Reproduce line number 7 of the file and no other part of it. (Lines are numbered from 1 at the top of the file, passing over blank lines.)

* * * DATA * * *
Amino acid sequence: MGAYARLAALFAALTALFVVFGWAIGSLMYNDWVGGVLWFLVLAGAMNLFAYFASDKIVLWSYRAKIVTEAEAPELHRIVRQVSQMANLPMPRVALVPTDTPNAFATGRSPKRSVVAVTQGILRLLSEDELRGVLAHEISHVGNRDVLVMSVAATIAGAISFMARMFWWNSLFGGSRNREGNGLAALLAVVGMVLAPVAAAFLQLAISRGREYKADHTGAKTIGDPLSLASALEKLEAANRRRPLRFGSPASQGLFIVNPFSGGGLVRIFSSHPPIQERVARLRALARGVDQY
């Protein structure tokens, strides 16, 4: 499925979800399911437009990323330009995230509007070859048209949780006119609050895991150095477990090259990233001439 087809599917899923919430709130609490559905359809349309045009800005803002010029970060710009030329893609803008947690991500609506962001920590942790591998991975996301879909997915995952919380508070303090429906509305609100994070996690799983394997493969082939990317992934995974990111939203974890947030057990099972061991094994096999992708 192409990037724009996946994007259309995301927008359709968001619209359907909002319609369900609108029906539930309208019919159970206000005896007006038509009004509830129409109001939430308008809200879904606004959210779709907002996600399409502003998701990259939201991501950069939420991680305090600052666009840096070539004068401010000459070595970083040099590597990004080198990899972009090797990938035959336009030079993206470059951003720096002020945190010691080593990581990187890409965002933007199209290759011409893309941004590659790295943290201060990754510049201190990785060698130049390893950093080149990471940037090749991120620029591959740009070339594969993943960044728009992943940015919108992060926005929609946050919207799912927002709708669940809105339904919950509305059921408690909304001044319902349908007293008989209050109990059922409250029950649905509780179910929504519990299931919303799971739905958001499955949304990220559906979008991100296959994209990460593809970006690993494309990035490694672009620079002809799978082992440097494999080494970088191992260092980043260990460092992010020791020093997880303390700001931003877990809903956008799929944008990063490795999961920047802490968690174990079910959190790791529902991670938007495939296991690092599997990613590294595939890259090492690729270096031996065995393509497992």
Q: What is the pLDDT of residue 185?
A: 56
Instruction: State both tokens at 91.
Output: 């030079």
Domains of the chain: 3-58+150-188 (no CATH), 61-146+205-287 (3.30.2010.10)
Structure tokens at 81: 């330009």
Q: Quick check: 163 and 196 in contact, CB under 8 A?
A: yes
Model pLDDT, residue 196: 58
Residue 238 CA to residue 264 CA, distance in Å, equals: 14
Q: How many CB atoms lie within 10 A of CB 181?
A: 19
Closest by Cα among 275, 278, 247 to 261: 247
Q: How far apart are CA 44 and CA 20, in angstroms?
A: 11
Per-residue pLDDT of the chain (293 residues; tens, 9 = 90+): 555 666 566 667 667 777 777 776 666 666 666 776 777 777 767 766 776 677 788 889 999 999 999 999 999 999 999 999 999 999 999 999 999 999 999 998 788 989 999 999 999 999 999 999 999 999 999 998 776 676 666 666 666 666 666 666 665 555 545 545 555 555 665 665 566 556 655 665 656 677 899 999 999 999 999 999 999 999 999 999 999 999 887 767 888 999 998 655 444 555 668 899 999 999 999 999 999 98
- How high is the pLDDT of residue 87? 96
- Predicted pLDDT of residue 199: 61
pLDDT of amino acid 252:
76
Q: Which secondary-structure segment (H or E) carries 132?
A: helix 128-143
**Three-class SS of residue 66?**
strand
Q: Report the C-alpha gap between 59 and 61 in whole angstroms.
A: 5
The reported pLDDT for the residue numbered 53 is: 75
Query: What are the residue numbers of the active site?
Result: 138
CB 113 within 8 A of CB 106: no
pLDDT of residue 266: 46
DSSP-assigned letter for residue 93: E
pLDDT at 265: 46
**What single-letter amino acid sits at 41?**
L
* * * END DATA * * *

Domains of the chain: 3-58+150-188 (no CATH), 61-146+205-287 (3.30.2010.10)